For example, the proton beams in the LHC collider have 7 TeV energy. Does this mean that the individual protons in the beam have 7 TeV energy or that the energy of all the protons in the beam add up to 7 TeV?


In the LHC, each individual collision has a center-of-mass energy of roughly 14 TeV. Since the collisions are symmetric (two protons with equal energy, moving in opposite directions, collide), we can say that each individual proton has roughly* 7 TeV of energy.

As you can probably tell, adding up the energy of all of the protons in the ring at any given time gives you a pretty colossal amount of energy.

*In reality, there's a distribution of energies that the protons in the beampipe can have, due to the fact that accelerators can only be so precise.The distribution is centered around 7 TeV, and is sharp enough that we can safely talk about collisions having a pretty uniform center-of-mass energy in most cases.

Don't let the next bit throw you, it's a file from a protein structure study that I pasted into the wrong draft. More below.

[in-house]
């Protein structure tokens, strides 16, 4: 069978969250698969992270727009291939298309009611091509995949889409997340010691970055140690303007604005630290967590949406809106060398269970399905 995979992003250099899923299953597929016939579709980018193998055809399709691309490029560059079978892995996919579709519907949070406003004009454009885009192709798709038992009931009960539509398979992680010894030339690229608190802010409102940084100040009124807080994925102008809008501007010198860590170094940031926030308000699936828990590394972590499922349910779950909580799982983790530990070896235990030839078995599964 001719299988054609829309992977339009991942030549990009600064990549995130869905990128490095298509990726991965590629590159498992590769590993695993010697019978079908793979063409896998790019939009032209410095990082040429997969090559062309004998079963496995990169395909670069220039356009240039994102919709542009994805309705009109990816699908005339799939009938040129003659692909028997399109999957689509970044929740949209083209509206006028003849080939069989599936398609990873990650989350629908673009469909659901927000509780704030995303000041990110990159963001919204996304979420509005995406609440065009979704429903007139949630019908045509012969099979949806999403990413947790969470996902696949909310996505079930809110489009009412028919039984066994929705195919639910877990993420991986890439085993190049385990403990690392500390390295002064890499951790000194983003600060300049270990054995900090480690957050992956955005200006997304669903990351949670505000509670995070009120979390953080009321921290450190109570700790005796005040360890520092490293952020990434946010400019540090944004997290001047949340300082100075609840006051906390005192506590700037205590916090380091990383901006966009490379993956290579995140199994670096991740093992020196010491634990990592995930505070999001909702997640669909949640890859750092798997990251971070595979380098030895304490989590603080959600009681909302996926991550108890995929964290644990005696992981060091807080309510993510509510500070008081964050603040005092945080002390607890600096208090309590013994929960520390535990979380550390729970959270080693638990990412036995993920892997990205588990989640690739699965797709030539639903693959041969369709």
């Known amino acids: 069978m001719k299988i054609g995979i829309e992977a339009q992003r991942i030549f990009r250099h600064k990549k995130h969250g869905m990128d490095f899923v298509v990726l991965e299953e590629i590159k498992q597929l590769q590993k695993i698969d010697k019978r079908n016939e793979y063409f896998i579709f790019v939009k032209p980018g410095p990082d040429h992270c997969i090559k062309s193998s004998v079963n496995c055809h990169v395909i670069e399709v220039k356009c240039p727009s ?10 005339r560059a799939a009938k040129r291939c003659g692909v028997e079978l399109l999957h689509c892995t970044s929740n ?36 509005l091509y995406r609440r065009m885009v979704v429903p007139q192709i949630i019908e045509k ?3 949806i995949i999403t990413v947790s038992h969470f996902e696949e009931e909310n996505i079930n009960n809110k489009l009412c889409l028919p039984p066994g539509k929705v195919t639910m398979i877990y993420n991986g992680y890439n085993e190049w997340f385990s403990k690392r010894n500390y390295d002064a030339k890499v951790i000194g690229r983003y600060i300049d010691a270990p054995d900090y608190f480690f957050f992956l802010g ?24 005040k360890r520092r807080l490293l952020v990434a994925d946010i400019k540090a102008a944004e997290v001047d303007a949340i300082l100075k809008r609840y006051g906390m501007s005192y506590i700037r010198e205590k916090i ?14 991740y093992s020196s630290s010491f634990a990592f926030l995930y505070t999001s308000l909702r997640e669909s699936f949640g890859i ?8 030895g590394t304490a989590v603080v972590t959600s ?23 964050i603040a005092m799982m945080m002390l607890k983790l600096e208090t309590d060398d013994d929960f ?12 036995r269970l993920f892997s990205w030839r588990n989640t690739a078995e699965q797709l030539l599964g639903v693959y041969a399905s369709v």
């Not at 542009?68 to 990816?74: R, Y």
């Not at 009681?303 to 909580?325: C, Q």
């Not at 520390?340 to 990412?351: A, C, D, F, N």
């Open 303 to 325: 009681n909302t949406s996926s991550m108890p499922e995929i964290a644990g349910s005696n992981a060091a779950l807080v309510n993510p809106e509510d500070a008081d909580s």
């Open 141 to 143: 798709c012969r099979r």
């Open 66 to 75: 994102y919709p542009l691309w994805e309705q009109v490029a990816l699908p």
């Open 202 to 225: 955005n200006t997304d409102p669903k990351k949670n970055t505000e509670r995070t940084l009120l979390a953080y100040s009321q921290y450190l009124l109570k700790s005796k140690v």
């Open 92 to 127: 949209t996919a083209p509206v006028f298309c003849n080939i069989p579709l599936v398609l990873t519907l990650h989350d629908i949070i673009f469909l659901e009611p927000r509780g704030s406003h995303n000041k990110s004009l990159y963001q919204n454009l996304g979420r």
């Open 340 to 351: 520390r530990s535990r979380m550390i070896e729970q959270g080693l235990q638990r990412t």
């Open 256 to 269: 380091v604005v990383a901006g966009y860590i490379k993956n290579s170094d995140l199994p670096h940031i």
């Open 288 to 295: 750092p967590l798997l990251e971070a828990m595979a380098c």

Collision experiments are done to create particles that can not be studied under normal circumstances. Energy and momentum conservation as well as the famous Einstein equation $E=mc^2$ tell us that a heavier particle can not just "pop out of thin air". But if we let two particles with enough energy collide, they can create a new particle, if the incoming energy is high enough. Therefore the individual particles in the collision beam need to have a high energy.

  • $\begingroup$ This doesn't answer the question. $\endgroup$ May 2 '19 at 12:19
  • 1
    $\begingroup$ The question was individual or total. I answered it's individual and provided a reason, how does this not answer the question? $\endgroup$ May 2 '19 at 12:20

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